The Friars again cut the lead to two early in the third on a power-play goal by Jake Walman, who was making his return after missing the last month due to injury, but then White completed his hat trick and Fitzgerald added a power-play goal to give the Eagles plenty of insurance. With the win, BC moved up to 13th in the Pairwise rankings used to determine the 16-team NCAA tournament field, while Providence remained at six with the loss.

BU overcomes dreadful start, beats Harvard 6-5 in thriller

01.07.16 at 10:34 pm ET
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OK, college hockey. The bar has been set for craziest game of the season.

No. 11 Boston University overcame a dreadful first 30 minutes and two two-goal third-period deficits to beat No. 5 Harvard, 6-5, at the Bright-Landry Hockey Center Thursday night.

The Terriers trailed 5-3 as the third period wound down, but a Colin Blackwell unsportsmanlike conduct penalty with 4:11 to go opened the door for a comeback. They took advantage just 13 seconds into the man advantage when Bruins prospect Matt Grzelcyk fired a shot through a perfect Danny O’€™Regan screen.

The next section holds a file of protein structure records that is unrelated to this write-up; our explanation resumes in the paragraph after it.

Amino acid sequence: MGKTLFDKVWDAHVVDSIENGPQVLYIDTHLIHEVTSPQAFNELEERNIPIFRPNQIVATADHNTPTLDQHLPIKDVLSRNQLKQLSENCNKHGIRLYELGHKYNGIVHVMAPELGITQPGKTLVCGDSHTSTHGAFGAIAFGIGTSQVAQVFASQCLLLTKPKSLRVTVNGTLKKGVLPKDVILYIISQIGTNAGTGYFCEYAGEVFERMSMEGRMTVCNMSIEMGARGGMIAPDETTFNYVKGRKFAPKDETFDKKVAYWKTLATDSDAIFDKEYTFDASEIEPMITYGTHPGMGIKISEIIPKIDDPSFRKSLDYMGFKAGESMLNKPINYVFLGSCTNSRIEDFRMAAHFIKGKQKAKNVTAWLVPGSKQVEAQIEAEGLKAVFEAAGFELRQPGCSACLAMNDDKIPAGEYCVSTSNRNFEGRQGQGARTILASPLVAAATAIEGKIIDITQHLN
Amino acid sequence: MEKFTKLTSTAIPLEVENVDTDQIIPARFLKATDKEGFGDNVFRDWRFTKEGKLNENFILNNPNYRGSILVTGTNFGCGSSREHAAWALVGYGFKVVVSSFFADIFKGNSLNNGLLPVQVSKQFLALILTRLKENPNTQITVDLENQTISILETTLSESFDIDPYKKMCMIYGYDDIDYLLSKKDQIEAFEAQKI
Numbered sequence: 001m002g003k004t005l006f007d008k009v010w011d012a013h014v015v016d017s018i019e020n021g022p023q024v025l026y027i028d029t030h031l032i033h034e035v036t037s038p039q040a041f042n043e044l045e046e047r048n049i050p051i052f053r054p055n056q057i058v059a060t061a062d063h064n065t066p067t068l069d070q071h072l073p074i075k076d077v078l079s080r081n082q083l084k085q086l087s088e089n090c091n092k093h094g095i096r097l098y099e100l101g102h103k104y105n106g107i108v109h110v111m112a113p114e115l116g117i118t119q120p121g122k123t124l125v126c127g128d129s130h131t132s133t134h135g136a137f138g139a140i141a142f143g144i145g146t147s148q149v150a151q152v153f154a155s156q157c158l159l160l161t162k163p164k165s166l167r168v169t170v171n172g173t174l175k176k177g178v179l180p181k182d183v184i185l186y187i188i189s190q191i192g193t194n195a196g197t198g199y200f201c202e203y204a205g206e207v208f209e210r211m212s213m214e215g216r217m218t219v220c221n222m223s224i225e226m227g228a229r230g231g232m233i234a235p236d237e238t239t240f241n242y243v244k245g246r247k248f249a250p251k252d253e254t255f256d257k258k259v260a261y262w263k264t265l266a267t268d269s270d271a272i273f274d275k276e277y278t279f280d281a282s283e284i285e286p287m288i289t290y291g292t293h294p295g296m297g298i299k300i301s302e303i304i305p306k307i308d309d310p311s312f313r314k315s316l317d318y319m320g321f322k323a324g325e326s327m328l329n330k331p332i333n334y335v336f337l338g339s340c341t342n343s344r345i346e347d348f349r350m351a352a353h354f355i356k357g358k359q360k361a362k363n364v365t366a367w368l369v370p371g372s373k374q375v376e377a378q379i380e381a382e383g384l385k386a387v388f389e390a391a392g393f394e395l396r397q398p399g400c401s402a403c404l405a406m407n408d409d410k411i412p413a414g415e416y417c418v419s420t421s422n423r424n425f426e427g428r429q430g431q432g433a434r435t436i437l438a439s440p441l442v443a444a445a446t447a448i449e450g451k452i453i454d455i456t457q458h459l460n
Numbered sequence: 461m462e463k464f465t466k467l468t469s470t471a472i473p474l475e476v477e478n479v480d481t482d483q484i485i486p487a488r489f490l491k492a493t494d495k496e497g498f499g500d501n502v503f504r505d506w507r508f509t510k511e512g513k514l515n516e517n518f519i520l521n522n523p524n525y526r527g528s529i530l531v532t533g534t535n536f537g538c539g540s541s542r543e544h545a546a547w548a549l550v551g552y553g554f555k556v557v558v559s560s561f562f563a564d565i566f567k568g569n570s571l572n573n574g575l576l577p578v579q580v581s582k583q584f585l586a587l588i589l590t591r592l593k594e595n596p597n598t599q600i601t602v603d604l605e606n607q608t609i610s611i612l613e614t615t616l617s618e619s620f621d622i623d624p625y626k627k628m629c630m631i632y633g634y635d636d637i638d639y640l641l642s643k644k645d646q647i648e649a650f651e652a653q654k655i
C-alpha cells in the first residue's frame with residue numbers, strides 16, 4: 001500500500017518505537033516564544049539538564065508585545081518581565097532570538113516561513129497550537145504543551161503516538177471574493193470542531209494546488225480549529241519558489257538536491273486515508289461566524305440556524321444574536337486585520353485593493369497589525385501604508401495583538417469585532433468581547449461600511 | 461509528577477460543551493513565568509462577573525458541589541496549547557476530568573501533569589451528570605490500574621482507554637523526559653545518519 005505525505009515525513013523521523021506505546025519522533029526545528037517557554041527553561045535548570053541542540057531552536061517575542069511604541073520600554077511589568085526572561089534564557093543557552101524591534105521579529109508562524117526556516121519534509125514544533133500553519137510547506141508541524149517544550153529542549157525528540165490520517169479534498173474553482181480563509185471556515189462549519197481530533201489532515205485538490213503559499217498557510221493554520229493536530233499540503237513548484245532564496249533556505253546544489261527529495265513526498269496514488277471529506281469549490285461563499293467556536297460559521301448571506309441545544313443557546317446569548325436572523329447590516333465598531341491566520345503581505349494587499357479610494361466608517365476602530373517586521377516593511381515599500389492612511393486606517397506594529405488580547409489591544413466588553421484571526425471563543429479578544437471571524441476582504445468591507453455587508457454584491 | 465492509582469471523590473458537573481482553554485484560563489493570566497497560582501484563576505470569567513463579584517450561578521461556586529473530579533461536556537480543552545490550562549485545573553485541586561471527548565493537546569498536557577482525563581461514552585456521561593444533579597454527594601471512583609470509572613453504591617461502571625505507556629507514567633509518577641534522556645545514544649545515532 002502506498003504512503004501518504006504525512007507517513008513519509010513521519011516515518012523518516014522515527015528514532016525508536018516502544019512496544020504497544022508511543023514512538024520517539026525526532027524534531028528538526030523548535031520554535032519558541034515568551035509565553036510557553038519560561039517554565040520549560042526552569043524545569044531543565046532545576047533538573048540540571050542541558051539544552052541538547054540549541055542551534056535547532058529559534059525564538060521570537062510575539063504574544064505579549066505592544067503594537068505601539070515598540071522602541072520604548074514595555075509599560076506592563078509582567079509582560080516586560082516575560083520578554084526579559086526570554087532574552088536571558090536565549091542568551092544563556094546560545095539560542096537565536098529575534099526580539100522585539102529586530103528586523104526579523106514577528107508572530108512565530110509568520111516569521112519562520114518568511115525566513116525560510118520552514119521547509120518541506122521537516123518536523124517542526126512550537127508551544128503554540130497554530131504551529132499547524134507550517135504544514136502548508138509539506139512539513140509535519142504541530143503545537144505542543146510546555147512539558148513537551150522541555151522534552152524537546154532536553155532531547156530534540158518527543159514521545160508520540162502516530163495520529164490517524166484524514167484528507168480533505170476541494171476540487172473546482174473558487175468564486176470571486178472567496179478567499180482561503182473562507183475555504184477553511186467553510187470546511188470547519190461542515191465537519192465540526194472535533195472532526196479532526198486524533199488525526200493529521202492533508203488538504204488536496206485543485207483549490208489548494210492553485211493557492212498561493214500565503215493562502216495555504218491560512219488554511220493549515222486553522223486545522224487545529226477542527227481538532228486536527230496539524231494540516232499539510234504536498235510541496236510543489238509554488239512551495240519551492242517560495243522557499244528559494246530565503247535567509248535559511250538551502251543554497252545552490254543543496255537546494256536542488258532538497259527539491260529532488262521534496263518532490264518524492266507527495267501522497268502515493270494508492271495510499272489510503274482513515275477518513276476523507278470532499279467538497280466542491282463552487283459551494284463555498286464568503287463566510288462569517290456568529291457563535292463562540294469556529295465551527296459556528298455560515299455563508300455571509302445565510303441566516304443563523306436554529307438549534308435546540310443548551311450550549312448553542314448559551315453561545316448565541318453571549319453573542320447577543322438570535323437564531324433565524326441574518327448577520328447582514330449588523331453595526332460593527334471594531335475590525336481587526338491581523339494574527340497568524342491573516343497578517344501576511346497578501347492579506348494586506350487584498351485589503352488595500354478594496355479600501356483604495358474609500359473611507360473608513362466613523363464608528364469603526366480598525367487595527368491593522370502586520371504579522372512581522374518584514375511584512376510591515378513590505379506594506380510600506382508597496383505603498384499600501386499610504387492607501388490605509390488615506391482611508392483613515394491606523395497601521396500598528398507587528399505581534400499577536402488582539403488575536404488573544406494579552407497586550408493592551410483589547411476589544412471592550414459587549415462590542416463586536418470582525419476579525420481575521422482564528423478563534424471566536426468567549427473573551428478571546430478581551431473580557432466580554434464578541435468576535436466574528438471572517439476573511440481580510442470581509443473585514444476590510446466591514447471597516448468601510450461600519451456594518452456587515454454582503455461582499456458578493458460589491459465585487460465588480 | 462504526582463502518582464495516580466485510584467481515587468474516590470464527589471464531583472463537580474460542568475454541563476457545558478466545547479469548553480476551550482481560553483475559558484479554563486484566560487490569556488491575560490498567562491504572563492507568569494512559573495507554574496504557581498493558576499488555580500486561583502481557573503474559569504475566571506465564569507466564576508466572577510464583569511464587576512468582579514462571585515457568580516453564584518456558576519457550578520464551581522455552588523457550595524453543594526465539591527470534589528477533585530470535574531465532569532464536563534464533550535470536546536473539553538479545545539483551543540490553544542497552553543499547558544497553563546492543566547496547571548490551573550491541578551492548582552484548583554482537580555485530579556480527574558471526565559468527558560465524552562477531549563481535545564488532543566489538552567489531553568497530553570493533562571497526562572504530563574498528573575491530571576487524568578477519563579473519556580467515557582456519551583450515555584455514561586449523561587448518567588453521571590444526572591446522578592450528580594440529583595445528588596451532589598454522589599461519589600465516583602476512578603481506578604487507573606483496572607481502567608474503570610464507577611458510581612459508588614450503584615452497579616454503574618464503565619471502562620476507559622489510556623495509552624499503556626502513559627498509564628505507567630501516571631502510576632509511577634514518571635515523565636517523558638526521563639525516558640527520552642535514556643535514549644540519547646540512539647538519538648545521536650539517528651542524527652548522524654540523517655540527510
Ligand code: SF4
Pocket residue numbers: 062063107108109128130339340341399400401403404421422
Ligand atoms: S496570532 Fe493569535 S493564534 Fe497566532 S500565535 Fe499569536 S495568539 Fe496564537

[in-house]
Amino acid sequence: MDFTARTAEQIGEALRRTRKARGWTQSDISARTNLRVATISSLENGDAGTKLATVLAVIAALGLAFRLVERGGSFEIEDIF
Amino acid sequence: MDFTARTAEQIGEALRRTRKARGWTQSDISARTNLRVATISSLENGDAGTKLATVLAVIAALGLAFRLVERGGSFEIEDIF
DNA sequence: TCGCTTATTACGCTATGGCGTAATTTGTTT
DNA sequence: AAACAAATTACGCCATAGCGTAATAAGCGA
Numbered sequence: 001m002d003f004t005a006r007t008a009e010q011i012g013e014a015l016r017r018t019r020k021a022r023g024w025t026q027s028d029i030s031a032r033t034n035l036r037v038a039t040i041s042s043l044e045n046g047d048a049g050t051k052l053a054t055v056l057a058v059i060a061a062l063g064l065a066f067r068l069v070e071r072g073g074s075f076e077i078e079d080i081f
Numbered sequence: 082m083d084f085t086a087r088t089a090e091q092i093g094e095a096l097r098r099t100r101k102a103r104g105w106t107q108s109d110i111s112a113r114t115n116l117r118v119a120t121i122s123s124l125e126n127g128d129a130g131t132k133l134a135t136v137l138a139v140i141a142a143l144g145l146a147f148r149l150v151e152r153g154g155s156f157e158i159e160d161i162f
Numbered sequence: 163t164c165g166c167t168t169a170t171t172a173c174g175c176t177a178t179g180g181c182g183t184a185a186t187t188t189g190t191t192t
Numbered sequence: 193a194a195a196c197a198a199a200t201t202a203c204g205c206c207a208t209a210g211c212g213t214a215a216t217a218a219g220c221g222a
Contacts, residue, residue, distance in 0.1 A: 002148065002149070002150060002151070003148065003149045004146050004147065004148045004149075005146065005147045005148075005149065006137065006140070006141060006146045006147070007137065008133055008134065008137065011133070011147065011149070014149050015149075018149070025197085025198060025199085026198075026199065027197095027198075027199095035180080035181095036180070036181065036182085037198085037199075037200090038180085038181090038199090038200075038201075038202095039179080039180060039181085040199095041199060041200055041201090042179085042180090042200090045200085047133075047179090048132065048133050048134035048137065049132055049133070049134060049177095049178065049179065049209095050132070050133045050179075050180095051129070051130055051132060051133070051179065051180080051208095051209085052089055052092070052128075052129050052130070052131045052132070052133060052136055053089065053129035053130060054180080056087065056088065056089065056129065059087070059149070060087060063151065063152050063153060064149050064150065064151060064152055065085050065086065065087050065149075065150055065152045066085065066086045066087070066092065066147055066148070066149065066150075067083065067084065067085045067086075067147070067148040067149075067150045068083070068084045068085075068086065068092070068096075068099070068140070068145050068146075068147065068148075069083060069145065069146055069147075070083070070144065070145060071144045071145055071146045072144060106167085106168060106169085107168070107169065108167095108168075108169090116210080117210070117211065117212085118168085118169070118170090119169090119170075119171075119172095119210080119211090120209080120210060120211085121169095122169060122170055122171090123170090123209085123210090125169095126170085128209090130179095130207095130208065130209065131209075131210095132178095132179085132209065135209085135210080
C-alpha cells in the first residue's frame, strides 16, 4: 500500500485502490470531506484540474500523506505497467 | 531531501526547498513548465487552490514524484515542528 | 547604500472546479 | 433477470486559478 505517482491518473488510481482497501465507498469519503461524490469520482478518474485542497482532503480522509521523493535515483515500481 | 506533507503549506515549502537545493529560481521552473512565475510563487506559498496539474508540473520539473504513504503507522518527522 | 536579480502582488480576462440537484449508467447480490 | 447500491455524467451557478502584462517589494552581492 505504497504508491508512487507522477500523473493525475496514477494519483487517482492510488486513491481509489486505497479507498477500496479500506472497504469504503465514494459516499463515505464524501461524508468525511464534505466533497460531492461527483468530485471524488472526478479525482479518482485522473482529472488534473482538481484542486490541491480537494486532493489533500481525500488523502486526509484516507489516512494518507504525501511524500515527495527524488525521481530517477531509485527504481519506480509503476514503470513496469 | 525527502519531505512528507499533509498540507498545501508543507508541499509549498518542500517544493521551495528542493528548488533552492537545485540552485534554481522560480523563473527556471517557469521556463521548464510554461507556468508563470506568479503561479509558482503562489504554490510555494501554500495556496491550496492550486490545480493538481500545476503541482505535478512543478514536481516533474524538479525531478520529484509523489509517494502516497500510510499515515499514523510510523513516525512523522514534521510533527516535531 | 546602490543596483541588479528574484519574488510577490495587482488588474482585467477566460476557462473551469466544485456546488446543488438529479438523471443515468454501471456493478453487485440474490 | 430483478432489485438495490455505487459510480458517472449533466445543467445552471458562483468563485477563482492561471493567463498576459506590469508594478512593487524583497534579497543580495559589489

BU tied it 1:04 later on a beautiful tic-tac-toe passing play. Bruins second-round pick Jakob Forsbacka Karlsson started the play with a great cross-ice pass to Charlie McAvoy in the left circle, then McAvoy sent a quick pass to O’€™Regan in front for a redirect goal, his second tally of the night.

The Terriers took their first lead of the game, one they wouldn’€™t relinquish, with 1:49 to go when Ahti Oksanen took a pass from Matt Lane and fired a shot over Harvard goalie Merrick Madsen’€™s blocker.

“I give BU a lot of credit because they hung in there and did a lot of good things as the game wore on,” said Harvard coach Ted Donato. “But quite frankly, it’s frustrating on our end because we feel like we beat ourselves. We take a very unnecessary penalty that really kind of changed the game.”

The game was BU’€™s first in 26 days, and coach David Quinn admitted he didn’€™t really know what to expect going in — and not just because of the layoff. It was also the first game back from injury for Grzelcyk, Oksanen and Nikolas Olsson, all of whom were considered questionable earlier in the week. And on top of that, it was the first game back from the World Junior Championship (which was in Finland) for Forsbacka Karlsson, McAvoy, Brandon Fortunato and Brandon Hickey. Most of those guys didn’€™t get back to Boston until late Wednesday night or earlier Thursday.